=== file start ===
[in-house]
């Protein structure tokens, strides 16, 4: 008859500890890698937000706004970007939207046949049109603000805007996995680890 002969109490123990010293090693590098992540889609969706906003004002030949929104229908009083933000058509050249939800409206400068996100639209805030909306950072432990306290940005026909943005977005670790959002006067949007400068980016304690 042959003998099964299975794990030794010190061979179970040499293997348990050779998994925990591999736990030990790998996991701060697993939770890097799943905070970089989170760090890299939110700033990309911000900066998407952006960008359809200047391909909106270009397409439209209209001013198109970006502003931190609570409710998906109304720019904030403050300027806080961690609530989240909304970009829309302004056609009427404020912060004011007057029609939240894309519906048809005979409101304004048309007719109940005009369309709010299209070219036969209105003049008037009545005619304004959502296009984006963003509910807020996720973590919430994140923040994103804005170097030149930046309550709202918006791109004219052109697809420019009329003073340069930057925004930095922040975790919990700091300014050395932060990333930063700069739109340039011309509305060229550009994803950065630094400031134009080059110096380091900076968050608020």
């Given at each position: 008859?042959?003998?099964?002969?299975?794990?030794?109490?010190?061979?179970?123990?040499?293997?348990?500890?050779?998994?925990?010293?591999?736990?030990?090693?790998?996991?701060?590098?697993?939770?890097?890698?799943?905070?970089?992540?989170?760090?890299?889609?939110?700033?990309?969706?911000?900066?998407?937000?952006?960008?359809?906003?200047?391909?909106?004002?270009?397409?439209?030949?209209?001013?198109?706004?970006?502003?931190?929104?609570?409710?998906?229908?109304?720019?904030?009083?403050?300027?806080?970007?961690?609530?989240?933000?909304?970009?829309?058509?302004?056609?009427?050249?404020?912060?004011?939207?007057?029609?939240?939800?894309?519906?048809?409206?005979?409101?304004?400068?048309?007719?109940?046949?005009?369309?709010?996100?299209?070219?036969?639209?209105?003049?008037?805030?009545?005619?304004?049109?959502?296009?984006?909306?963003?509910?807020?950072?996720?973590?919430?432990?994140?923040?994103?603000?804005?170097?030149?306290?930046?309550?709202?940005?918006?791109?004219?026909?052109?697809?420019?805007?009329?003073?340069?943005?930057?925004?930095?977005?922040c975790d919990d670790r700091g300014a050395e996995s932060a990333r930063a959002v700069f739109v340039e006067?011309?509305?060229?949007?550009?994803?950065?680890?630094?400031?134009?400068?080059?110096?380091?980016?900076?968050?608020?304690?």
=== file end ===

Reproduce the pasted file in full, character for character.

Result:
[in-house]
């Protein structure tokens, strides 16, 4: 008859500890890698937000706004970007939207046949049109603000805007996995680890 002969109490123990010293090693590098992540889609969706906003004002030949929104229908009083933000058509050249939800409206400068996100639209805030909306950072432990306290940005026909943005977005670790959002006067949007400068980016304690 042959003998099964299975794990030794010190061979179970040499293997348990050779998994925990591999736990030990790998996991701060697993939770890097799943905070970089989170760090890299939110700033990309911000900066998407952006960008359809200047391909909106270009397409439209209209001013198109970006502003931190609570409710998906109304720019904030403050300027806080961690609530989240909304970009829309302004056609009427404020912060004011007057029609939240894309519906048809005979409101304004048309007719109940005009369309709010299209070219036969209105003049008037009545005619304004959502296009984006963003509910807020996720973590919430994140923040994103804005170097030149930046309550709202918006791109004219052109697809420019009329003073340069930057925004930095922040975790919990700091300014050395932060990333930063700069739109340039011309509305060229550009994803950065630094400031134009080059110096380091900076968050608020």
């Given at each position: 008859?042959?003998?099964?002969?299975?794990?030794?109490?010190?061979?179970?123990?040499?293997?348990?500890?050779?998994?925990?010293?591999?736990?030990?090693?790998?996991?701060?590098?697993?939770?890097?890698?799943?905070?970089?992540?989170?760090?890299?889609?939110?700033?990309?969706?911000?900066?998407?937000?952006?960008?359809?906003?200047?391909?909106?004002?270009?397409?439209?030949?209209?001013?198109?706004?970006?502003?931190?929104?609570?409710?998906?229908?109304?720019?904030?009083?403050?300027?806080?970007?961690?609530?989240?933000?909304?970009?829309?058509?302004?056609?009427?050249?404020?912060?004011?939207?007057?029609?939240?939800?894309?519906?048809?409206?005979?409101?304004?400068?048309?007719?109940?046949?005009?369309?709010?996100?299209?070219?036969?639209?209105?003049?008037?805030?009545?005619?304004?049109?959502?296009?984006?909306?963003?509910?807020?950072?996720?973590?919430?432990?994140?923040?994103?603000?804005?170097?030149?306290?930046?309550?709202?940005?918006?791109?004219?026909?052109?697809?420019?805007?009329?003073?340069?943005?930057?925004?930095?977005?922040c975790d919990d670790r700091g300014a050395e996995s932060a990333r930063a959002v700069f739109v340039e006067?011309?509305?060229?949007?550009?994803?950065?680890?630094?400031?134009?400068?080059?110096?380091?980016?900076?968050?608020?304690?």